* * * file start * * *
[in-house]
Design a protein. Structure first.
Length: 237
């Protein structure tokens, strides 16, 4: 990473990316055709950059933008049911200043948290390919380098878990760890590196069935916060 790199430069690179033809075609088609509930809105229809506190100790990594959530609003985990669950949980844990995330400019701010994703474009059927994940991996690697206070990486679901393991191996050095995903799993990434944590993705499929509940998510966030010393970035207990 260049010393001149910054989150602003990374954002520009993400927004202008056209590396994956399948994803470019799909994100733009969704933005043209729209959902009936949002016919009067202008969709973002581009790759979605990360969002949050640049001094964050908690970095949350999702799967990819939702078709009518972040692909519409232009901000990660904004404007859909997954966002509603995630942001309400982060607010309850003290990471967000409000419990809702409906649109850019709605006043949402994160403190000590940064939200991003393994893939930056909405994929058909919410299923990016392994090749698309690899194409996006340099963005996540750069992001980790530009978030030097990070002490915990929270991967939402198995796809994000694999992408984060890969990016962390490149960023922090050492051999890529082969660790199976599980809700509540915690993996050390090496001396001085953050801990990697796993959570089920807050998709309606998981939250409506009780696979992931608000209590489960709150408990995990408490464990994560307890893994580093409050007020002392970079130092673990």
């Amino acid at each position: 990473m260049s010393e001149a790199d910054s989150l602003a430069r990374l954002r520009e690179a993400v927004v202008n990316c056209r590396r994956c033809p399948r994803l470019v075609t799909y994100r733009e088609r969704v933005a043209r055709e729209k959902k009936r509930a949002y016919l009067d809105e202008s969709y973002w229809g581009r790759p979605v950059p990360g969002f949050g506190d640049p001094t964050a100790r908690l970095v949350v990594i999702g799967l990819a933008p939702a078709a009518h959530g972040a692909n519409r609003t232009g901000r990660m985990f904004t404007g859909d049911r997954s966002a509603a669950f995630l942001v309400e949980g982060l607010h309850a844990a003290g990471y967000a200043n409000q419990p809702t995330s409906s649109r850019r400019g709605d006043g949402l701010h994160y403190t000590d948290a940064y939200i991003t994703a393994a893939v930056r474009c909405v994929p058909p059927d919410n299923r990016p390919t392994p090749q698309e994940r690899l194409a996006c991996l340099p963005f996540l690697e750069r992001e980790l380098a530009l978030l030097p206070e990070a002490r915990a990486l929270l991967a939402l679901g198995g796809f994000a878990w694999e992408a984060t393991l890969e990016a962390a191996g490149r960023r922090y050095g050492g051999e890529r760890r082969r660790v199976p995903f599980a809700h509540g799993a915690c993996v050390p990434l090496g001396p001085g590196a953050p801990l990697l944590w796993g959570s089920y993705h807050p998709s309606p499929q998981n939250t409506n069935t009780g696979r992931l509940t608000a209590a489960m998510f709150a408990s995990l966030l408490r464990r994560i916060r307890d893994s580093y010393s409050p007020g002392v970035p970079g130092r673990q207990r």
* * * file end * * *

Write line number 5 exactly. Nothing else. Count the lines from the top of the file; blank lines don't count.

């Amino acid at each position: 990473m260049s010393e001149a790199d910054s989150l602003a430069r990374l954002r520009e690179a993400v927004v202008n990316c056209r590396r994956c033809p399948r994803l470019v075609t799909y994100r733009e088609r969704v933005a043209r055709e729209k959902k009936r509930a949002y016919l009067d809105e202008s969709y973002w229809g581009r790759p979605v950059p990360g969002f949050g506190d640049p001094t964050a100790r908690l970095v949350v990594i999702g799967l990819a933008p939702a078709a009518h959530g972040a692909n519409r609003t232009g901000r990660m985990f904004t404007g859909d049911r997954s966002a509603a669950f995630l942001v309400e949980g982060l607010h309850a844990a003290g990471y967000a200043n409000q419990p809702t995330s409906s649109r850019r400019g709605d006043g949402l701010h994160y403190t000590d948290a940064y939200i991003t994703a393994a893939v930056r474009c909405v994929p058909p059927d919410n299923r990016p390919t392994p090749q698309e994940r690899l194409a996006c991996l340099p963005f996540l690697e750069r992001e980790l380098a530009l978030l030097p206070e990070a002490r915990a990486l929270l991967a939402l679901g198995g796809f994000a878990w694999e992408a984060t393991l890969e990016a962390a191996g490149r960023r922090y050095g050492g051999e890529r760890r082969r660790v199976p995903f599980a809700h509540g799993a915690c993996v050390p990434l090496g001396p001085g590196a953050p801990l990697l944590w796993g959570s089920y993705h807050p998709s309606p499929q998981n939250t409506n069935t009780g696979r992931l509940t608000a209590a489960m998510f709150a408990s995990l966030l408490r464990r994560i916060r307890d893994s580093y010393s409050p007020g002392v970035p970079g130092r673990q207990r």